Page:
2020 Annual Survey

Our annual satisfaction survey is currently online. It will only take you 10 minutes to complete it.

Your comments and suggestions are of great importance to us. We encourage you to participate in the survey.

Thank you in advance for your participation !

Choose your region

Quebec           Atlantic

Updating the mobile application

New Android (Android 11) and Apple (IOS 14) software are now available. We therefore remind you that it is important to update the Info-Excavation application. If you don’t, you won’t have access to the latest features to make your locate requests.

Download the application on Android or Apple.

Update to our mobile application

Our mobile application will be updated on June 22, 2020. This update will provide you with many benefits and will enhance user experience.

The following modifications will be done:

  • Simplified tools will be available for entering information and worksite location.
  • The “Find Me” button will be removed. The app will automatically detect your location when you open the map. You will also be able to do a research to find the street where your work will take place.
  • The type of work can be selected once the sketch is provided.

IMPORTANT: Be sure to update your mobile application to take full advantage of these upgrades.

We hope these improvements will greatly simplify your work.

Please send your comments at [email protected]

Download the application (AppleAndroid).

Launch of the Guidelines for Excavation Work Done Near Underground Infrastructures

Seven large underground infrastructure companies (Bell, CSEM, Gazifère, Énergir, Hydro-Québec, Telus and Vidéotron) have established common guidelines to be followed when excavating near underground infrastructures. The first of its kind in Quebec, and perhaps a first in Canada!

Effective immediately, this new document simplifies the excavation work done by contractors near underground infrastructures. Every guideline, technical specification and specific requirement that must be complied with either at the planning stage, before undertaking or during excavation work are described in this document.

It covers, among other things, clearance distance requirements for different infrastructures and backfilling standards to be followed. Each type of excavation method is described, whether mechanical or soft, as drilling techniques and the installation of new underground infrastructures near existing ones.

It is important to note that these new guidelines will replace those provided by these seven companies so as to ensure a safe working environment and to prevent personal injury and damage to underground infrastructures.

This unique document will be available from the network owners collaborating in these guidelines and during the training sessions offered by Info-Excavation. We prefer you consult and use the electronic version which is updated regularly and available on different websites, such as on Info-Excavation’s.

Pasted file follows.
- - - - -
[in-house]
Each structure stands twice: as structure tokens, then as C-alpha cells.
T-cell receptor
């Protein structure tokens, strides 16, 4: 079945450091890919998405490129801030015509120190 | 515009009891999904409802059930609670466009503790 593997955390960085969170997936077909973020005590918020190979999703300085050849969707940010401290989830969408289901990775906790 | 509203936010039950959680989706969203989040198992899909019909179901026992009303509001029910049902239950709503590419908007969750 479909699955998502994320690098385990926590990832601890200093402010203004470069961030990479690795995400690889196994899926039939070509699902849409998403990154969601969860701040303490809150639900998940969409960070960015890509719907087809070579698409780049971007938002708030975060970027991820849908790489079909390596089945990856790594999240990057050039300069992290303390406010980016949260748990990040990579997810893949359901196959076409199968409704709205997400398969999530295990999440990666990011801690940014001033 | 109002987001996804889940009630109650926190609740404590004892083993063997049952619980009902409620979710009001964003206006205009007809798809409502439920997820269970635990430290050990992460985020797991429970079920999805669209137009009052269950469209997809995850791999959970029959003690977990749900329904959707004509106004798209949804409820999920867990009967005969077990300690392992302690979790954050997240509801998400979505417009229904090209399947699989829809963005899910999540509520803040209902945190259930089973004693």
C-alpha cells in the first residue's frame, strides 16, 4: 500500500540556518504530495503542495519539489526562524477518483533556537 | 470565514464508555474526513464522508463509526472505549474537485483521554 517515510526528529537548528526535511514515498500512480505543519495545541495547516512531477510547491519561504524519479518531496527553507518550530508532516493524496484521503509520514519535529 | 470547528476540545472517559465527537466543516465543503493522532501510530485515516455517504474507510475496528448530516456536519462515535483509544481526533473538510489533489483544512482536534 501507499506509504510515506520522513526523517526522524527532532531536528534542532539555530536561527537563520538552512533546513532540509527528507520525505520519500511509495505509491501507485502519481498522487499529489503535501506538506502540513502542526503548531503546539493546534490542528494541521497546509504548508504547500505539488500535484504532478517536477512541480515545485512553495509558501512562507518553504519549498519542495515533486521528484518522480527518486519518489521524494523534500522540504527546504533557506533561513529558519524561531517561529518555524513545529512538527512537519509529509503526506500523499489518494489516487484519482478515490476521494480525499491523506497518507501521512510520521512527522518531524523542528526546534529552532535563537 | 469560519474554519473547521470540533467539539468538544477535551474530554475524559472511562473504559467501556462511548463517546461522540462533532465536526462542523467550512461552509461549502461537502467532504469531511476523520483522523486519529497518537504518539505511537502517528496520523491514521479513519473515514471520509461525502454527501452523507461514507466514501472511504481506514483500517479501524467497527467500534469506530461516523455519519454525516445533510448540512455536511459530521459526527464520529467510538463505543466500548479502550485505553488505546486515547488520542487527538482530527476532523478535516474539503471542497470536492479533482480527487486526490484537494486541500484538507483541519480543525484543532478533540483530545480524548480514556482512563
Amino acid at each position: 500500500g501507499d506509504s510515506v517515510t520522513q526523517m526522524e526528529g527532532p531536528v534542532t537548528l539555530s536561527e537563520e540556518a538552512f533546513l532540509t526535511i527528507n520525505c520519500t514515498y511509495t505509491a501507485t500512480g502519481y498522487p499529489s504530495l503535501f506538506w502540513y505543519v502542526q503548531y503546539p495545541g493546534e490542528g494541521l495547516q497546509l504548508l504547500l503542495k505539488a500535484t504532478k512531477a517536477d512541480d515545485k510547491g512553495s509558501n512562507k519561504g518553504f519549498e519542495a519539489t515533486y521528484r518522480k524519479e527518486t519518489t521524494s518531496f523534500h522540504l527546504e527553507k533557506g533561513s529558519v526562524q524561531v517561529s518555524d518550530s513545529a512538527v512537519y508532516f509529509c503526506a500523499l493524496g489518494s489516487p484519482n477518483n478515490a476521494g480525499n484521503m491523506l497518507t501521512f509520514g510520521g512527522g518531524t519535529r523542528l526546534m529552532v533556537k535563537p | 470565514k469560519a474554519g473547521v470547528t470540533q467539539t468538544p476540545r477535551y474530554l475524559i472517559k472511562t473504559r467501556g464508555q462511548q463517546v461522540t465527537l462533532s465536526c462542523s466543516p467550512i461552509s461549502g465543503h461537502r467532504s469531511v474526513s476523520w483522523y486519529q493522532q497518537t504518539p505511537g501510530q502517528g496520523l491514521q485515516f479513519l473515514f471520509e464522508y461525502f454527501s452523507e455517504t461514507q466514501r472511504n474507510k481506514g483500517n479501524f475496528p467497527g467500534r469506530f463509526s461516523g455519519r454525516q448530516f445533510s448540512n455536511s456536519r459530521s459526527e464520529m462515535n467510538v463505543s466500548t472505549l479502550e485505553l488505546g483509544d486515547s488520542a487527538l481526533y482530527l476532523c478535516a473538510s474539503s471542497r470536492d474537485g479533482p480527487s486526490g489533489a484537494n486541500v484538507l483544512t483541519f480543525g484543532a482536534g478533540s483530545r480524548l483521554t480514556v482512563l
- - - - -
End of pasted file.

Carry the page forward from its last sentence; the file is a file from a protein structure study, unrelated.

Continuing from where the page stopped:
View the electronic version of these guidelines.

Update for the Info-UCN application

Info-Excavation is pleased to announce that its Info-UCN (Urban Coordination Network) application has been upgraded, enabling it to provide service throughout Quebec.

As of last week, Info-UCN uses JMAP version 7 in addition to a new provincial mapping (geobase).

The Info-UCN application enables all public right-of-way users to better plan and coordinate excavation work among themselves, while reducing related costs.

The new provincial geobase will not only enable every municipality in Quebec and owner of underground infrastructures to register their excavation project, but will also serve to inform other public right-of-way users of upcoming projects, making it a perfect platform for exchanging information.

Users stand to gain so much from Info-UCN that Info-Excavation has decided to offer all its members free access to Info-UCN until August 31, 2020. Take advantage!

Visit our website and register to take advantage of the countless benefits this application has to offer.


Thank you.
Info-Excavation Team

Coronavirus (COVID-19) Update – Info-Excavation Remains Open

Following the Quebec government’s new guidelines regarding the closure of nonessential construction sites for the next three weeks, Info-Excavation will maintain its services to answer and process all requests that will be received.

All Info-Excavation employees work remotely and are able to manage all your requests and inquiries whether for regular or emergency excavation work.

You can generate your engineering or locate requests immediately, even if the excavation’s start date is later this summer. The best way to generate these requests is by going to our website or using our mobile app.

Remember to exercise caution when excavating. Be vigilant in preventing damage to underground infrastructures. At this time in particular, repairing these essential infrastructures 0owill be more complicated to ensure everyone’s well-being.

We will inform you of any change in our services without delay.

New procedure regarding network updates

For some time now, you have been automatically receiving emails warning you that new underground infrastructure was detected in your work zone, which was not initially present in the documents you received after completing your locate request.

On any future such emails, you will notice that it is now mandatory to click on the link to confirm that you have read and acknowledged the content of the email. It is your responsibility to click on this link. Failure to do so means that the analysis of any added infrastructure will not proceed, and you will not receive your clearance, plans or on-site markings, which may increase the risk of damages to any present infrastructure.

Thank you for your collaboration in following this essential new process.

Email address is now mandatory for locate requests

REMINDER: As of March 1, 2020, all locate requests or engineers plan, sent either electronically or made by phone, are required to have a valid email address. It is compulsory that your locate request be confirmed without delay so that the information written on the request is corroborated by you and truly reflects your needs. You will know which owners of underground infrastructures are located in your dig site.

Press Release Coronavirus (COVID-19)

Following the new guidelines given by the Quebec government and the Health and Social Services Minister, Info-Excavation has assessed its capacity to ensure its services during these times of uncertainty.

For now, all services shall be maintained at Info-Excavation. For many years now, several of our employees work remotely and our contingency plan includes the possibility that employees may be unable to reach our offices. That is why our systems make it possible to do remote work.

Furthermore, several precautions have been taken as a continuing effort to serve our existing customers such as contractors, municipalities and businesses.

The True Cost of Telco Damages


Communications companies always recover all their costs when their cables are damaged by contractors. If you believe this, I have some bad news… there is no Santa Claus and no Easter Bunny! Communications companies seldom recover anywhere near all of their true costs.